November 16, 2017

The nature of God to forgive

By: Larry Shaffer

Fishing in the Texas Hill Country near Boerne, TX

The nature of God to forgive

Philemon, Part 4

The man, Onesimus, who stole from and betrayed Philemon is sitting in front of him. What should he do? Perhaps Philemon’s mind went back to a parable that Jesus taught. We know it as the parable of the Prodigal son. Once the prodigal had squandered a sizable portion of his father’s wealth he realized that he was destitute and starving. He goes back to his father hoping for simple forgiveness and the chance to work off some of his massive debt as a hired hand. This act would exhibit a tremendous effort of forgiveness toward the foolish and rebellious son on the part of the father. As the son approached his father’s home, from a distance the father saw him and ran to him. He smothered his son and kissed him repeatedly. The son tried to give the speech he had rehearsed but was only able to get out, “I have sinned and am not worthy to be your son.” Before the son could spit out his proposal of being a hired hand, the father shouted to his servants, “quickly bring out the best robe and put it on him and put a ring on his hand and sandals on his feet; and bring the fattened calf, kill it, and let us eat and celebrate.”

This is the nature of God’s forgiveness. Forgive the past, forgive in the present, forgive what is coming; forgive with reckless abandon. And not only forgive but restore and reward. It makes no sense. I’m sure that the father’s neighbors, friends, even his servants and everyone else thought he was crazy. The other son only said what others were thinking. But to the second son, it was personal. Why should his brother get all this attention when he deserves to be kicked out for good? It wasn’t fair. People should receive what they deserve. Justice should be rendered. The level of sin and betrayal should always be paid back accordingly.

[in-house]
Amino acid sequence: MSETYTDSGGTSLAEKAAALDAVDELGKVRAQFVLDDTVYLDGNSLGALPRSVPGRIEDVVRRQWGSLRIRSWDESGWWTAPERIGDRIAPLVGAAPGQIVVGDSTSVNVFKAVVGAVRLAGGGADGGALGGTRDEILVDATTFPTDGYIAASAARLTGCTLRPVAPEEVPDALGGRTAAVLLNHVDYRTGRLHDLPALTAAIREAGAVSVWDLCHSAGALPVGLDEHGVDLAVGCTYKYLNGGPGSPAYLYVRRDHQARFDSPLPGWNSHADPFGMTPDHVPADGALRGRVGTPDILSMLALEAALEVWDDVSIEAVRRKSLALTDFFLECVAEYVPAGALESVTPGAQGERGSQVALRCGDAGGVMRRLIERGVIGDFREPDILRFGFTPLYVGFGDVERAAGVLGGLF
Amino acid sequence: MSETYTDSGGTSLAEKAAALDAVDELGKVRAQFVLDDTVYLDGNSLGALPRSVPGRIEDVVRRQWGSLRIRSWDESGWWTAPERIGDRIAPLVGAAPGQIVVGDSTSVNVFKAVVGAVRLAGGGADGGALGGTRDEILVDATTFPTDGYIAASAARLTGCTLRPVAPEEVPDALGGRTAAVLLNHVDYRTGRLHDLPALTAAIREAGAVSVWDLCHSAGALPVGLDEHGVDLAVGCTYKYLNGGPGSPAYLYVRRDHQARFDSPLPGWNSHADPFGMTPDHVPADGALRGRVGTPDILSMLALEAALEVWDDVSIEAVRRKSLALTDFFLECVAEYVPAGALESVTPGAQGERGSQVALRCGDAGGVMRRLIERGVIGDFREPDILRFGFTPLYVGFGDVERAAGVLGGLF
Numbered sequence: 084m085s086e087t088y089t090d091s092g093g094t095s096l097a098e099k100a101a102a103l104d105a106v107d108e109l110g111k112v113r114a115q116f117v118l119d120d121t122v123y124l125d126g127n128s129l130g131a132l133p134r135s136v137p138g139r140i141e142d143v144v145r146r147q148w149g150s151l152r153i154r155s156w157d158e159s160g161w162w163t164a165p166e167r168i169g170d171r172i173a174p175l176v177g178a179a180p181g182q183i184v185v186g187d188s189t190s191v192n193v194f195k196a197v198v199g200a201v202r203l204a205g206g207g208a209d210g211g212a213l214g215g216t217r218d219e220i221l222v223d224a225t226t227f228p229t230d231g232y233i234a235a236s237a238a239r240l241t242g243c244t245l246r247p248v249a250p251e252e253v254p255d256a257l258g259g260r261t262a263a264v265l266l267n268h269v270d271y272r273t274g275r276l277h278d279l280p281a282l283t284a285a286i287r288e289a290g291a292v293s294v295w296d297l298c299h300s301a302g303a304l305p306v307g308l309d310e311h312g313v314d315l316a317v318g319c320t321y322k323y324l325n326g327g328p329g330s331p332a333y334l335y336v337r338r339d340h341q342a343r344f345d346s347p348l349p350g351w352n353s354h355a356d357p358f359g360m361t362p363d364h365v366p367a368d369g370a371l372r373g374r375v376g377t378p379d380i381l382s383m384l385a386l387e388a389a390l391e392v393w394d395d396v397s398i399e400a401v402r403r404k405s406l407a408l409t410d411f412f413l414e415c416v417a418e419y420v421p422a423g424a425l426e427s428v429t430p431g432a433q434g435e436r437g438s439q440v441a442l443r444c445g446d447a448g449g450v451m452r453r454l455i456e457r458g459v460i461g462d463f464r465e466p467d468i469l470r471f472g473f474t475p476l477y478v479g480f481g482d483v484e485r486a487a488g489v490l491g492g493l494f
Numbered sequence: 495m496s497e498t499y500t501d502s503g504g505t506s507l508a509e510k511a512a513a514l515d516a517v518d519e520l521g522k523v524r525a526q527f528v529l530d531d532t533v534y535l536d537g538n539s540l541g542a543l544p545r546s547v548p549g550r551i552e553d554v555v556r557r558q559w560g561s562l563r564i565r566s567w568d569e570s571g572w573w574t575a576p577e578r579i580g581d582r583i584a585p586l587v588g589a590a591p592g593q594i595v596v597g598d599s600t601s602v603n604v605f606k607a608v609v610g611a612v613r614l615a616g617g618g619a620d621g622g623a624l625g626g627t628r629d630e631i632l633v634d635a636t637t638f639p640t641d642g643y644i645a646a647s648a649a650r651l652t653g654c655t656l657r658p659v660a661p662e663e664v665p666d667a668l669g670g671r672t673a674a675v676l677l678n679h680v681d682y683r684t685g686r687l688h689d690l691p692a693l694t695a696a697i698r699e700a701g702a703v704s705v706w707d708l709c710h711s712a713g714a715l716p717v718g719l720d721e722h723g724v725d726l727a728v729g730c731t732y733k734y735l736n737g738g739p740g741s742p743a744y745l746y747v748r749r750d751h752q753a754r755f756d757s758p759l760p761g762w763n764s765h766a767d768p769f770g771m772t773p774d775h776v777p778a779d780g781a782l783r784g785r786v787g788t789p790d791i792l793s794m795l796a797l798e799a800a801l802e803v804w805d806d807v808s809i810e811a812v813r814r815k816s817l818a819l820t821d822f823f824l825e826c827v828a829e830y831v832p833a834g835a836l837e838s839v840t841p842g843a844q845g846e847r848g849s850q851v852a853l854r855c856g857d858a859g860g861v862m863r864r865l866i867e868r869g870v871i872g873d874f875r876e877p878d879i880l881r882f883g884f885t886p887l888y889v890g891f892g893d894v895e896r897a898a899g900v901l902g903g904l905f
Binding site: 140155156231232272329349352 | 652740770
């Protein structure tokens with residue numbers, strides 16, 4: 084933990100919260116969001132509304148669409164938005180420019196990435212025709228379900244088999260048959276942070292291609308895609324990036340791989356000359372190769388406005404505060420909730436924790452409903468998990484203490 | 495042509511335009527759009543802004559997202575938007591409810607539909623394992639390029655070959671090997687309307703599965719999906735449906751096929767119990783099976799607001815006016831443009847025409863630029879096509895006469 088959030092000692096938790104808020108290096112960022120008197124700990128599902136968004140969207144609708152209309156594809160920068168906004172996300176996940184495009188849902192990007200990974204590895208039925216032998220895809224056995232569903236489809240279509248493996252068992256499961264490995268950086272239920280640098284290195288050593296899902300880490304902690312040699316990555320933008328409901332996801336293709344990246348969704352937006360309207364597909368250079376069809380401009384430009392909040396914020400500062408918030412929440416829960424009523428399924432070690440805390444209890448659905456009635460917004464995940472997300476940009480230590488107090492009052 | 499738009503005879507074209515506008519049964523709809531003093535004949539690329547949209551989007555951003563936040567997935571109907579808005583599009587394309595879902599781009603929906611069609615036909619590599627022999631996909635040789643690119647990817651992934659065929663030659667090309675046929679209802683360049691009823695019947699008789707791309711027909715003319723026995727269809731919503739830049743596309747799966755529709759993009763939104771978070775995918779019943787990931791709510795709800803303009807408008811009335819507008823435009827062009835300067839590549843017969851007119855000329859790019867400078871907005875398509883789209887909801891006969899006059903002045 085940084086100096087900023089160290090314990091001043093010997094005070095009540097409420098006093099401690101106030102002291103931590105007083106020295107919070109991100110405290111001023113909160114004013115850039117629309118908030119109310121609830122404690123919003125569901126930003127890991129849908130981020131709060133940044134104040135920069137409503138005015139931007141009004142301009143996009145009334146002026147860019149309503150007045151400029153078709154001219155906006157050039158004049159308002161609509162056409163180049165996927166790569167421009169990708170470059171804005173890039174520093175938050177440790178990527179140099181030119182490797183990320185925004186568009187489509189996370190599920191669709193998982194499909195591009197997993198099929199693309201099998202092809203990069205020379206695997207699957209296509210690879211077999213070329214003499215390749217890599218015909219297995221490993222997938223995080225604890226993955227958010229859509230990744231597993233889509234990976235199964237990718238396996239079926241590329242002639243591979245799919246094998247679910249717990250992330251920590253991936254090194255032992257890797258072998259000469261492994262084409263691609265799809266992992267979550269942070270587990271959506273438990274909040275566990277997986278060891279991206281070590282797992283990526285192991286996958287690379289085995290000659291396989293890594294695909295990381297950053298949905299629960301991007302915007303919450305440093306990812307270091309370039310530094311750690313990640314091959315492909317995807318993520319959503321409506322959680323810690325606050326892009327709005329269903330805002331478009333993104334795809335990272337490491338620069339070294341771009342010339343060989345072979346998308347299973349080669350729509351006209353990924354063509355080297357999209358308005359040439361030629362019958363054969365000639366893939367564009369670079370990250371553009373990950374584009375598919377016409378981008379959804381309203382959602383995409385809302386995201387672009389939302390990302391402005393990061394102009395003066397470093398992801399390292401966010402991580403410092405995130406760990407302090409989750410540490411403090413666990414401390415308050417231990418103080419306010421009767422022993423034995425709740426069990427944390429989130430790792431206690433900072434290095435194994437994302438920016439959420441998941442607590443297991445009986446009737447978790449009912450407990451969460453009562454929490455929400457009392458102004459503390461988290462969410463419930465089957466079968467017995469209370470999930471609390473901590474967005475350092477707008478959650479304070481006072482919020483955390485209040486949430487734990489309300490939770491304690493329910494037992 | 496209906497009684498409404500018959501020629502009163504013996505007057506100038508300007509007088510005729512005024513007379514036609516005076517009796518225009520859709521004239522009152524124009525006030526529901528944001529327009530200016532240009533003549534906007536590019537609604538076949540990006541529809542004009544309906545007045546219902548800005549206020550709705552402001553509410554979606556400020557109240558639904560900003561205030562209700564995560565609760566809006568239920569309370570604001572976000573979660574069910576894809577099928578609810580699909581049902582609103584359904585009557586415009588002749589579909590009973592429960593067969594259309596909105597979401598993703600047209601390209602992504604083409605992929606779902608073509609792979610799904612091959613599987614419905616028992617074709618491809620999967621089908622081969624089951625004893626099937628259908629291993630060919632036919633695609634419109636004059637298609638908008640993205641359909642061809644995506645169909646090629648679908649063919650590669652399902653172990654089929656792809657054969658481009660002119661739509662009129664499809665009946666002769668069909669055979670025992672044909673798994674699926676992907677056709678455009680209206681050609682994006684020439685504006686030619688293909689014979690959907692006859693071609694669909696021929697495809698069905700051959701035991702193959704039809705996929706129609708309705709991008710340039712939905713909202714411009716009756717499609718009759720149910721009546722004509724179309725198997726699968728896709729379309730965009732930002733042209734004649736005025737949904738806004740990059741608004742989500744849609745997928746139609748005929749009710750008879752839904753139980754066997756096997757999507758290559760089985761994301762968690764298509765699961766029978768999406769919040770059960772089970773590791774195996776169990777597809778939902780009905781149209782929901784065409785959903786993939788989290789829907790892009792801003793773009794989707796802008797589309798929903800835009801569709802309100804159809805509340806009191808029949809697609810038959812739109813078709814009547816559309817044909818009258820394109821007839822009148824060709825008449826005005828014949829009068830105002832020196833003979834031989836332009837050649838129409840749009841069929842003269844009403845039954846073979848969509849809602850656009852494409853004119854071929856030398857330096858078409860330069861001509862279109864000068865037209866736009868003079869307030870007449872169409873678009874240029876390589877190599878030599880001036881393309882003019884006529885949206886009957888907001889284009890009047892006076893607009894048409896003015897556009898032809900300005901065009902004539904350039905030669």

You’re going to forgive him???

We all appreciate being forgiven but we don’t always like it when others are forgiven and able to skirt their just due. But the nature of God is to forgive, restore and reward. So, it makes sense for Paul to close out this letter to Philemon by saying, “having confidence in your obedience, I write to you, since I know that you will do even more than what I say,” v21. Will Philemon be like Jesus and forgive, restore and even reward?

Lord, you have given us a gift; the capacity to forgive. It’s a gift in that it allows us to be free of revenge, resentment and bitterness; emotions that cripple us physically, emotionally and spiritually. Help us to embrace this gift you’ve given and be free to forgive. Deal with our hearts, we pray. Amen!